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186                                                                                                 B- POLEVOI
he refused a stretcher and walked down the stairs to
take his treatments and then walked up again. Tears
were rolling down his face, but he kept on, and even
bawled at the orderly who wanted to help him. And you
should have seen his smile when he reached the landmg
unaided! You'd think he had climbed Mount Elbrus."
Gvozdev turned away from the mirror and watched
Meresyev hobbling rapidly on his crutches. "Look at
him! Actually running! And what a nice, fine face he
has! A small scar across the eyebrow, but it doesn't spoil
his looks a bit, rather an improvement, in fact." If only
he, Gvozdev, had a face like that. What's feet? You can't
see feet. And of course, he'll learn to walk, and to fly!
But your face! You can't hide an apparition like this,
which looks as if drunken devils had threshed peas on
it at night.
Alexei Meresyev was on his twenty-third lap along the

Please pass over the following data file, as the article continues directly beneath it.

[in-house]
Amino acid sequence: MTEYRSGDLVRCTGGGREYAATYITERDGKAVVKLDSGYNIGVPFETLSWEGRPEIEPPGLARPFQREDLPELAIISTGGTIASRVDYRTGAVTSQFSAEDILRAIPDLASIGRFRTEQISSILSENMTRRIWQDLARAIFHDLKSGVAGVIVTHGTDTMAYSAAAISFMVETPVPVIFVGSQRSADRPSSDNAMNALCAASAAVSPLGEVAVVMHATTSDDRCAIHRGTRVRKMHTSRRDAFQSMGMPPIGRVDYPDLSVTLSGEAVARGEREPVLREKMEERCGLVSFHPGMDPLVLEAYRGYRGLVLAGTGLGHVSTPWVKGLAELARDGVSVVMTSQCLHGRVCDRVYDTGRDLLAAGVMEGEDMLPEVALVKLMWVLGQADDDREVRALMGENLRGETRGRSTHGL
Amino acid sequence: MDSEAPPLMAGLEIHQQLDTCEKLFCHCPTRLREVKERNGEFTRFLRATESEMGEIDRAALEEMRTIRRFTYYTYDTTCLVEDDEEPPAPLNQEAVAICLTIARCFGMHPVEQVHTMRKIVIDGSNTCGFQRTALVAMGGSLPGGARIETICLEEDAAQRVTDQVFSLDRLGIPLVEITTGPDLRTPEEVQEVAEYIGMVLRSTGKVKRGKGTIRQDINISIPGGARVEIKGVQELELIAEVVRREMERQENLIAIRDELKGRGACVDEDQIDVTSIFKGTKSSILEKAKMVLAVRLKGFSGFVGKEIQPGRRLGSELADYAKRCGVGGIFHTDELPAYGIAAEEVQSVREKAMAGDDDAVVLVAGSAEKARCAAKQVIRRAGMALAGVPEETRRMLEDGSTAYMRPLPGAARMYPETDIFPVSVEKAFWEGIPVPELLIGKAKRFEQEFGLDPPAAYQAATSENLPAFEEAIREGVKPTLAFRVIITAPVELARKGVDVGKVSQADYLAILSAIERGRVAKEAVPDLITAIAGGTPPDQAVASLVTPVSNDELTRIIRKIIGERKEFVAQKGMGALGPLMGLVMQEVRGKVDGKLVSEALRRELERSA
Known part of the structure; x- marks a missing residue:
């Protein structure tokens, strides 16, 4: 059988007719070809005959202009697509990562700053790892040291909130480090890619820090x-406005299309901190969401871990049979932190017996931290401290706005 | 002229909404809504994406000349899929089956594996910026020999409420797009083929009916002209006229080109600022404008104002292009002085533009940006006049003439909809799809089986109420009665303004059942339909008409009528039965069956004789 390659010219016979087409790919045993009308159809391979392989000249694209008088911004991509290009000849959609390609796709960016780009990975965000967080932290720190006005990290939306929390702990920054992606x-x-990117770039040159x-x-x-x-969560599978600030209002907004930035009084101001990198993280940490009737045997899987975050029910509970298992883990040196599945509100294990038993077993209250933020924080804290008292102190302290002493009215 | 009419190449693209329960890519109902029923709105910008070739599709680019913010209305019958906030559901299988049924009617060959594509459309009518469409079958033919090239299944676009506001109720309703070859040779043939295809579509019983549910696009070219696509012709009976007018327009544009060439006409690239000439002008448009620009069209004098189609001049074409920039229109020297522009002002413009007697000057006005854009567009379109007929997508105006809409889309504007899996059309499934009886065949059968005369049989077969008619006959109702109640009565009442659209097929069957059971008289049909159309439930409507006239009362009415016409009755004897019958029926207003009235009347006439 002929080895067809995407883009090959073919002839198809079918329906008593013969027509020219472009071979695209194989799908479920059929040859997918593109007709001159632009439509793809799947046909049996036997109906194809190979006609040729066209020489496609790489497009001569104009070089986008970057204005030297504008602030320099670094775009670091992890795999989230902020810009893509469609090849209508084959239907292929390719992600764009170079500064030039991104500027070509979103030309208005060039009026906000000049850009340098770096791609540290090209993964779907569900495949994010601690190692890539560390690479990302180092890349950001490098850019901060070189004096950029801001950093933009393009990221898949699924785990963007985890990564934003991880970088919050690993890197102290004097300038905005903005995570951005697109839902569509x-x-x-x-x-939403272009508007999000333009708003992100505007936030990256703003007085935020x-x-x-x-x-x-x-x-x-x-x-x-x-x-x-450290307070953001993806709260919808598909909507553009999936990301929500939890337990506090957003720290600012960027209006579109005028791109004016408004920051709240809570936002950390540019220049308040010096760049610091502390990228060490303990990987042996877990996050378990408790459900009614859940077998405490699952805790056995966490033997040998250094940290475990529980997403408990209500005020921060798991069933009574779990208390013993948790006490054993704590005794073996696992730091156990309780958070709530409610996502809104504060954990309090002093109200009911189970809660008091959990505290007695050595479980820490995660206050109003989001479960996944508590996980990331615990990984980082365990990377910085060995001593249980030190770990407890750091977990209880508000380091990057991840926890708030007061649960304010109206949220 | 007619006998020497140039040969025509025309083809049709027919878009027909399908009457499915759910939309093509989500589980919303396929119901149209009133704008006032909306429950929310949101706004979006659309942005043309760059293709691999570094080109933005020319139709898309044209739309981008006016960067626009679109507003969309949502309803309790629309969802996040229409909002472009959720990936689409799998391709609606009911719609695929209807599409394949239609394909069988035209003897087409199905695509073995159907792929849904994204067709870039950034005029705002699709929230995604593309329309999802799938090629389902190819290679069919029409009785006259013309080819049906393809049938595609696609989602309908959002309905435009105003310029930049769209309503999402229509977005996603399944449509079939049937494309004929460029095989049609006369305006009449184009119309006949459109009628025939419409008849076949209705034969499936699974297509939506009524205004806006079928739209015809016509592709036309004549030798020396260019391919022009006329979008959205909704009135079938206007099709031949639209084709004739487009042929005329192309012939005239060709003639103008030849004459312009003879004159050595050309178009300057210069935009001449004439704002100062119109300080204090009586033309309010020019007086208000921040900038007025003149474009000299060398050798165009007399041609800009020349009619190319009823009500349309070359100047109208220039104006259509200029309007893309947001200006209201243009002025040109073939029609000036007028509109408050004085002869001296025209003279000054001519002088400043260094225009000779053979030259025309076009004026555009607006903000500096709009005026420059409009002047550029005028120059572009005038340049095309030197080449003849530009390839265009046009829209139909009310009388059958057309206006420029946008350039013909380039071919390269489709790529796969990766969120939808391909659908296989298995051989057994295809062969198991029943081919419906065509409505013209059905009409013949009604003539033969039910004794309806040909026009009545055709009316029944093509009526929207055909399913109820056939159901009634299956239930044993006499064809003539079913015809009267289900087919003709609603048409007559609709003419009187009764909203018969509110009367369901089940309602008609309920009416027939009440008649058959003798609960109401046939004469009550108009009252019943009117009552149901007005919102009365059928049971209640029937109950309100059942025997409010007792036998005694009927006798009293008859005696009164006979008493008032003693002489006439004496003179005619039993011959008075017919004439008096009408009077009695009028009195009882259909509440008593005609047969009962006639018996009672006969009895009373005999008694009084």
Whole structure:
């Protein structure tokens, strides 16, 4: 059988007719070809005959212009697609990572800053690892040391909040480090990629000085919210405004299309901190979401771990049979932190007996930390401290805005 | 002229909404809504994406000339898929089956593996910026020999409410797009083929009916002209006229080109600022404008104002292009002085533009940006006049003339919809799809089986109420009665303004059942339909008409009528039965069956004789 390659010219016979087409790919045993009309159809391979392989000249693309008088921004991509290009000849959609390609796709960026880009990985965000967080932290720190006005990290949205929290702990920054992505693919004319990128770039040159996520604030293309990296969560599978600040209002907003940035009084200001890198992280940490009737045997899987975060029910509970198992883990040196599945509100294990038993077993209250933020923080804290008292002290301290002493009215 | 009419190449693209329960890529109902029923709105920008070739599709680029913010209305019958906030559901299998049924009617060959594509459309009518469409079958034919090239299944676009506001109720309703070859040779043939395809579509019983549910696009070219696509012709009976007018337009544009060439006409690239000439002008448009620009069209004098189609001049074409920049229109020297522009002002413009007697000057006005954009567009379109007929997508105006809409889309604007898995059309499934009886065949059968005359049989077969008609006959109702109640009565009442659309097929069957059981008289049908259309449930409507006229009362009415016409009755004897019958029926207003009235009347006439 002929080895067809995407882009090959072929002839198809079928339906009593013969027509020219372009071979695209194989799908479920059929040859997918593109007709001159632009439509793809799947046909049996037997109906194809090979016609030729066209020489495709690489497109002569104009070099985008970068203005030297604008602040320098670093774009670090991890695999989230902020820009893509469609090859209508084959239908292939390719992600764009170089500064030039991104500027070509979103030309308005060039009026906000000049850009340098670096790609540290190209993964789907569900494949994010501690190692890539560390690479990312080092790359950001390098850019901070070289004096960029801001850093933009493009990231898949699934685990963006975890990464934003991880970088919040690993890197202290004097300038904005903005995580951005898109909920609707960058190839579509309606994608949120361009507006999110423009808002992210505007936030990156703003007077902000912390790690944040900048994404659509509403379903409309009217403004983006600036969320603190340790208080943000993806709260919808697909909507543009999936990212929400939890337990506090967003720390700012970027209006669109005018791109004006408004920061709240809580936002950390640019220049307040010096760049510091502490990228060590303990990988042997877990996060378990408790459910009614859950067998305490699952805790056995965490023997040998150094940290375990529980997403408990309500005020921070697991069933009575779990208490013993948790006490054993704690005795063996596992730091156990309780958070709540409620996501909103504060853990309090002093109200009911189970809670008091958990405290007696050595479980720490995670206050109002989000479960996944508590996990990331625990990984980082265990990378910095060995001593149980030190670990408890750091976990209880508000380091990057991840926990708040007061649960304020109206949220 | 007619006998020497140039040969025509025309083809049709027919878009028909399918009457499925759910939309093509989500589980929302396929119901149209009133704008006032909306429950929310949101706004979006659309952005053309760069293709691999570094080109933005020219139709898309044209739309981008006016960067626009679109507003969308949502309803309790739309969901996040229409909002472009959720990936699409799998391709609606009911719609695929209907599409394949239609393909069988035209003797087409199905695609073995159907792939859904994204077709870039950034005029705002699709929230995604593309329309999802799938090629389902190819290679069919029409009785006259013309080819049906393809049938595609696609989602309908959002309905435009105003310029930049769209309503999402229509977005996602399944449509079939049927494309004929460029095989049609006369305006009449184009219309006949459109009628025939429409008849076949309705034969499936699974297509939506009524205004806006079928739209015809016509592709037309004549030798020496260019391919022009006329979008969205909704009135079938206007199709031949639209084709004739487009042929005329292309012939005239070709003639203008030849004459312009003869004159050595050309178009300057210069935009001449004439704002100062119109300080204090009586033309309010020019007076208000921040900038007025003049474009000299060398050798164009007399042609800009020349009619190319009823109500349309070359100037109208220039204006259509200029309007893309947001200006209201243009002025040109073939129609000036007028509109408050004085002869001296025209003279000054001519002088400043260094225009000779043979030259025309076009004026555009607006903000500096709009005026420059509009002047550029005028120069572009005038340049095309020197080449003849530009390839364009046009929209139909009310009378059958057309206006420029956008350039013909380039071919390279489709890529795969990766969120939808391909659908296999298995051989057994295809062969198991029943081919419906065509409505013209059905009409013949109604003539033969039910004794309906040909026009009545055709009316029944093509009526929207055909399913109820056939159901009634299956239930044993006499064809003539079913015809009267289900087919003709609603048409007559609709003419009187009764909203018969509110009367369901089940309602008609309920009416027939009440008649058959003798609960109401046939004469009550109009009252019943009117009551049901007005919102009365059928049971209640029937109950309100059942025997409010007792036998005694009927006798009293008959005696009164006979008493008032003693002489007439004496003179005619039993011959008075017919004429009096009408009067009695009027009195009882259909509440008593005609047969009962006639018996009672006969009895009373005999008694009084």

corridor during his afternoon exercise. All over his tired
body he felt the burning of his swollen thighs and the
aching of his shoulders from the pads of his crutches. As
he hobbled along he cast a sidelong glance at the tank-
man standing at the mirror. "Funny chap!" he thought
to himself. "What's he worrying over his face for? He
will never be a cinema star now, of course. But a tank-
man. What's to stop him? Your face doesn't matter, as
long as you've got a sound head, and arms, and legs. Yes,
legs, real legs, not these stumps which hurt and burn as
if the artificial feet were made not of leather but of red-
hot iron."
Tap, tap. Creak, creak. Tap, tap. Creak, creak.
Biting his lips and trying to suppress the tears which,
in spite of himself, were forced to his eyes by the acute
pain, Senior Lieutenant Meresyev with difficulty com-
pleted the twenty-ninth lap along the corridor and finished
his exercise for the day.
Grigory Gvozdev left the hospital in the middle of
A day or two before he left he had a long talk with
Alexei. The fact that they were comrades in misfortune